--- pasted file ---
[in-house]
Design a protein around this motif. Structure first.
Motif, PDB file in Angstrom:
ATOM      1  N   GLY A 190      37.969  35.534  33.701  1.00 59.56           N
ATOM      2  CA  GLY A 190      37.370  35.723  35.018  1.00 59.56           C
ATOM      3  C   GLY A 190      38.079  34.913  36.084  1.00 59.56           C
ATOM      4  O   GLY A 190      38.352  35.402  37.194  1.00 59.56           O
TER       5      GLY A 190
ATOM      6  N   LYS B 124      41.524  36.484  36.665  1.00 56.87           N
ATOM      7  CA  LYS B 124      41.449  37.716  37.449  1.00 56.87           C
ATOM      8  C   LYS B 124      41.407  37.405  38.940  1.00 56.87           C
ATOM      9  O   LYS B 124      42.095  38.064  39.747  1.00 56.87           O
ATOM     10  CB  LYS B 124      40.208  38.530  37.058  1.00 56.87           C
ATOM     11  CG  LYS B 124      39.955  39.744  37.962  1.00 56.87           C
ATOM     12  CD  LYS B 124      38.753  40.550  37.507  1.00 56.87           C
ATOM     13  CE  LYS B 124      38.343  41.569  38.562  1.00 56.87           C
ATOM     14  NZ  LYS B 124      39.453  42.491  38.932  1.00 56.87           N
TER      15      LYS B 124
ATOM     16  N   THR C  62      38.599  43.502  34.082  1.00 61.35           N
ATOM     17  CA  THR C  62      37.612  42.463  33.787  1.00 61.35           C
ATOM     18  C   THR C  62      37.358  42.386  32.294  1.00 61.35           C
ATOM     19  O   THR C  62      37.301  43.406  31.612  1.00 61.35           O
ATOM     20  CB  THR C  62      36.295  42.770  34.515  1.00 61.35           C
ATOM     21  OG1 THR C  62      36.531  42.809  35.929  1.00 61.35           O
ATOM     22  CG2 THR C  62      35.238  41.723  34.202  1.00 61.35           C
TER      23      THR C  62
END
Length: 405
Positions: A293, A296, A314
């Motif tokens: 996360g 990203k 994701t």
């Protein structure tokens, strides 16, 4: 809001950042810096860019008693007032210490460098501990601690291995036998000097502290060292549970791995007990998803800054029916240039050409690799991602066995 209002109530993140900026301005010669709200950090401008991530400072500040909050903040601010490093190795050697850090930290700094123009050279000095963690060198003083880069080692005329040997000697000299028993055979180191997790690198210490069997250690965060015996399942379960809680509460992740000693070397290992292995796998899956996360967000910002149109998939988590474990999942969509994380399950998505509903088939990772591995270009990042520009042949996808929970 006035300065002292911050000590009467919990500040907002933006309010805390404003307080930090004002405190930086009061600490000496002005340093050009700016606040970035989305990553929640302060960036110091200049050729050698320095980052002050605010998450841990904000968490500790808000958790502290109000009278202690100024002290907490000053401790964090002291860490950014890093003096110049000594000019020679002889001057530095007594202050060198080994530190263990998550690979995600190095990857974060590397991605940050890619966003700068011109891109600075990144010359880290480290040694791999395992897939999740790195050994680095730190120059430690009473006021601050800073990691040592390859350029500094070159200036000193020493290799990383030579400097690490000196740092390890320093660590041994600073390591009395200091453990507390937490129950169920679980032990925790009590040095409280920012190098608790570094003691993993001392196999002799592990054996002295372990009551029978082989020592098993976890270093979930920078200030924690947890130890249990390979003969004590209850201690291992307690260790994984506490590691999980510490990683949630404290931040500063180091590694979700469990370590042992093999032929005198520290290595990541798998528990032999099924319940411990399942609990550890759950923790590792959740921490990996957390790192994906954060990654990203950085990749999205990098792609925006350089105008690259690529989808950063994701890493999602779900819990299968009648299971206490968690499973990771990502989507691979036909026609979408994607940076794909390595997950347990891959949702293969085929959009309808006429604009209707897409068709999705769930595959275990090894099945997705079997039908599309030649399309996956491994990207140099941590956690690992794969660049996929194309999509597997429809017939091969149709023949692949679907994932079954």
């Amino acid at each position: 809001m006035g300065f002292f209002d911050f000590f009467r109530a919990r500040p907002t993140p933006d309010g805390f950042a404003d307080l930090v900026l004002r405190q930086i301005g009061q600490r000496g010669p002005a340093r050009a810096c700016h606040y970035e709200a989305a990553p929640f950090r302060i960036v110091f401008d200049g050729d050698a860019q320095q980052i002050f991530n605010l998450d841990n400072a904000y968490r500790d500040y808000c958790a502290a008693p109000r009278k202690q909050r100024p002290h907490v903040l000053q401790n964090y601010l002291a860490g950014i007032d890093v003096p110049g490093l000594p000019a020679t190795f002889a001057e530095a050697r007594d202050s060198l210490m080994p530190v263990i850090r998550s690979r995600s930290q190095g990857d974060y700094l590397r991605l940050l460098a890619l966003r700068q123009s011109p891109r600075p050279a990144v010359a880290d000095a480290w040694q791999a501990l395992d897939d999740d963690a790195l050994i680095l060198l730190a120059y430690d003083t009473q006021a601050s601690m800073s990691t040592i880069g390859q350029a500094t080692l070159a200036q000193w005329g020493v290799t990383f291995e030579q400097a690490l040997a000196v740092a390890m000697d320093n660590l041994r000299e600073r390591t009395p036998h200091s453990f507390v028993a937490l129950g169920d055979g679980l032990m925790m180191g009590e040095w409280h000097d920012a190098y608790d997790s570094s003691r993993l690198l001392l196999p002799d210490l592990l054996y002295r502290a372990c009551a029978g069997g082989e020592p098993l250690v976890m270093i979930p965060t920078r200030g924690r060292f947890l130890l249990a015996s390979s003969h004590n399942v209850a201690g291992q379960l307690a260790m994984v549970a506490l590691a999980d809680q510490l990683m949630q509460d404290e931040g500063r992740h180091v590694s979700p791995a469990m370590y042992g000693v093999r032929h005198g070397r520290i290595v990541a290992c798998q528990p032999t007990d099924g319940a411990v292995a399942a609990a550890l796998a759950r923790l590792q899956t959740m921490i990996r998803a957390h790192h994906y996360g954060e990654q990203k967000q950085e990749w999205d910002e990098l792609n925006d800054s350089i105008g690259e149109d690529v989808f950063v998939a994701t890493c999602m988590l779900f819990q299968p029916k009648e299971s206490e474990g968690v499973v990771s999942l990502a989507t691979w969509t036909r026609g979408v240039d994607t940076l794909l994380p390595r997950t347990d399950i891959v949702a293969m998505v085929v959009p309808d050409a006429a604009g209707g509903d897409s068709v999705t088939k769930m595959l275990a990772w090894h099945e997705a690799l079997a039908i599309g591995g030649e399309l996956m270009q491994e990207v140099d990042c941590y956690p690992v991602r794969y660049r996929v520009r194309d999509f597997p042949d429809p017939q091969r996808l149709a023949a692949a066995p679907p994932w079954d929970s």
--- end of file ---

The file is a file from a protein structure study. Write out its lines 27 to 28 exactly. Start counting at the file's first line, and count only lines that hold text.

END
Length: 405